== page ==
Strolling the South Side

New book shares stories of South Side women, uncovers broader picture of social injustices

February is Black History Month — a time set aside to remember the significant contributions by people of the African Diaspora to America and the world. Yet, there are those who argue that black people have had little or no positive impact.

As I reflect on our many contributions, I recall an old African proverb: “Until the lions become the historians, the hunters will always be the heroes.”

The lesson: a people that have no voice will always be depicted as the losers. We must find our own voices, capture our own visions and tell our own stories.

In her book, “A Place We Call Home: Gender, Race, and Justice in Syracuse,” K. Animashaun Ducre shares the stories of 14 black women as they struggle to survive in an impoverished neighborhood on the South Side of Syracuse. Using Photovoice methodology and community mapping, she captures their voices, visions and stories. Ducre chronicles the role of race, gender, environmental justice and space in the city of Syracuse. In doing so, she uncovers a bigger story about “the policies of social institutions … that prohibit the physical and social mobility of the poor and communities of color …” denying black and poorer residents “access to affordable, safe and clean housing” for 70 years.

“A Place We Call Home” is the first book-length presentation using the Photovoice process — a concept developed by Caroline Wang at the University of Michigan in the early ’90s.

“Photovoice is basically giving cameras to folks who have been underrepresented in their community’s planning process to understand what they think and value,” Ducre said. “The photographers meet periodically to present their images to one another as a means to discuss their community [or] issue.”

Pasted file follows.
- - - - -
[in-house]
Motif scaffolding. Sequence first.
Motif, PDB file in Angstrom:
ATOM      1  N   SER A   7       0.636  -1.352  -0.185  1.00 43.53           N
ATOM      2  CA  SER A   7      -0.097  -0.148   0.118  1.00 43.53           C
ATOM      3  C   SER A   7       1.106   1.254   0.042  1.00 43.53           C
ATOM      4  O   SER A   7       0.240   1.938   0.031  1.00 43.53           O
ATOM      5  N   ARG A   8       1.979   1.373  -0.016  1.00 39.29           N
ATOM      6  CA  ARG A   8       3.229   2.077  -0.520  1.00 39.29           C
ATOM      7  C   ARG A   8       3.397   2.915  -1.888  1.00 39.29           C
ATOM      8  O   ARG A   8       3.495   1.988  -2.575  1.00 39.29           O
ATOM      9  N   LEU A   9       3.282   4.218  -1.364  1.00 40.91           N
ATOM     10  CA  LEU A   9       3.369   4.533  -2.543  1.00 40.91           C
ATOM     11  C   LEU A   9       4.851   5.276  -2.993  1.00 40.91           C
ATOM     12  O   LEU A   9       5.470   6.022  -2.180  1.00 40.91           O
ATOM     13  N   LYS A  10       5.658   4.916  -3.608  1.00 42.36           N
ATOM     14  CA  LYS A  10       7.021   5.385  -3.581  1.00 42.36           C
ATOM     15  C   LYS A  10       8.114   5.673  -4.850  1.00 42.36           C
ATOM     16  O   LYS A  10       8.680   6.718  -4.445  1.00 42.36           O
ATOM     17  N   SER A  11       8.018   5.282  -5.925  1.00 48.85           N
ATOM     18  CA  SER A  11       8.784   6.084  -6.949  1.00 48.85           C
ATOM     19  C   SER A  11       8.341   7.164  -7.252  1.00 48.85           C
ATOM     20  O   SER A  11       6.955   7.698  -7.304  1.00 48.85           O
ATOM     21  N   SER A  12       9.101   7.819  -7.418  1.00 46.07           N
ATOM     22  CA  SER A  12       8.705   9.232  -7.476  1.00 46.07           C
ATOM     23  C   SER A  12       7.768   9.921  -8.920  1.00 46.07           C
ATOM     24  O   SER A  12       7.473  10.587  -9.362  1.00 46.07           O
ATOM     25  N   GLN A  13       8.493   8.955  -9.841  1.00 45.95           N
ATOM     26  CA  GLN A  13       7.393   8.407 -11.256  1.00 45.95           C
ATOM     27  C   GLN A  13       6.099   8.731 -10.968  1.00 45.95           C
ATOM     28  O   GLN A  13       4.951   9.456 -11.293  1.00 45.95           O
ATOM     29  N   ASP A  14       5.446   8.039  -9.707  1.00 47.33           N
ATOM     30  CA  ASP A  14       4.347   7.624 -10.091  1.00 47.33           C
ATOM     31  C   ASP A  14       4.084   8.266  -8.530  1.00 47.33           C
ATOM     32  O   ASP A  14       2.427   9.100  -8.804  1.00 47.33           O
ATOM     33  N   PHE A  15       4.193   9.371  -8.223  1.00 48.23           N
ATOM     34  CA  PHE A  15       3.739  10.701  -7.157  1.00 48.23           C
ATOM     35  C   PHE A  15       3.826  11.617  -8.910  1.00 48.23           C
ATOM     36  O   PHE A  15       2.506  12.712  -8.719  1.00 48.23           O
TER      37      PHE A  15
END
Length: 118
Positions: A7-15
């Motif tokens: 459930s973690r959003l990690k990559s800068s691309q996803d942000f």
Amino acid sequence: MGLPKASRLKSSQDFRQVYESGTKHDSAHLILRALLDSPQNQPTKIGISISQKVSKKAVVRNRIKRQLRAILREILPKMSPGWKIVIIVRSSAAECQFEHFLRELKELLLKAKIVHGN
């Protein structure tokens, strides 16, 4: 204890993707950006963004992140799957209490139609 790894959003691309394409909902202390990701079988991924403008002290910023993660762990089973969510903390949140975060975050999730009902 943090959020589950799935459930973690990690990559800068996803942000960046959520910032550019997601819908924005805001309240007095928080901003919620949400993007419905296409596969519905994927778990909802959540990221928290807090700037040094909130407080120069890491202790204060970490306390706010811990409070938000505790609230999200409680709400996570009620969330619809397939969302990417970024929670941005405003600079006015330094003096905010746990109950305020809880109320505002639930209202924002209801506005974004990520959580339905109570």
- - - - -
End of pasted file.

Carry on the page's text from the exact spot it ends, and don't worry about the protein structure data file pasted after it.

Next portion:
At the end of the process, an exhibition is held and the selected images are presented to the larger community for debate and discussion.

Volunteers from a local community health center helped Ducre recruit the women for the Photovoice project. Ducre randomly selected 14 women from an initial list of 34. Each participant received a digital camera, memory card, rechargeable batteries, camera bag and $40 per Saturday for participating.

Ducre assigned each woman pseudonyms to protect their identity. She gave them the names of black female icons to honor them. For example, she named one of the women after artist Faith Ringgold.

“Like the artist, Faith’s deep creativity came out in her photography,” Ducre writes. Her work was so creative that Syracuse University Chancellor Nancy Cantor featured one of Faith’s photos in a public address.

"First Thing I See"

One of Faith’s photos featured in the book is titled “First Thing I See.” It shows an abandoned house that is located across from her home.

“It’s been like this for years. I just wonder when they’re going to fix it up … it’s right here every day when I come outside — it’s the first thing I see,” she writes. “I just call it the Homeless House ’cause it’s a house that nobody fixes up.”

Abandoned and deteriorating houses are nothing new to the South Side. Through community mapping and Photovoice, Ducre uncovers a story about the designation of a particular area “for racial and ethnic minorities as a means of containment and social control.”

“As a sociology scholar, I think my role is … to link historic injustices to contemporary social problems related to inequality. As an activist, I feel it is my duty to confront injustice and challenge inequality. I am motivated by a sense of fairness and equity.”

Initially, the women saw Ducre as an outsider. She identified with them, but they saw her as a professor from the SU hill. She felt uncomfortable revealing so much about them without revealing herself. “I felt that I had to be down with them in sharing my story,” she said.

Through their stories, she discovered her own.

“As far as the social aspects, I grew up in neighborhoods very similar to the demographics of the South Side,” she shared.

Her mother, grandmother and great-grandmother raised her in predominantly black and low-income neighborhoods in Washington, D.C., and Maryland.

She recalls the time the family was evicted and their “belongings being tossed out and littering the entrance of the complex,” she writes. “I recall feeling complete devastation, looking at my mother’s black-and-white couch and other pieces of our lives sitting on the curb.”


— By Keith Muhammad, Community correspondent for The Stand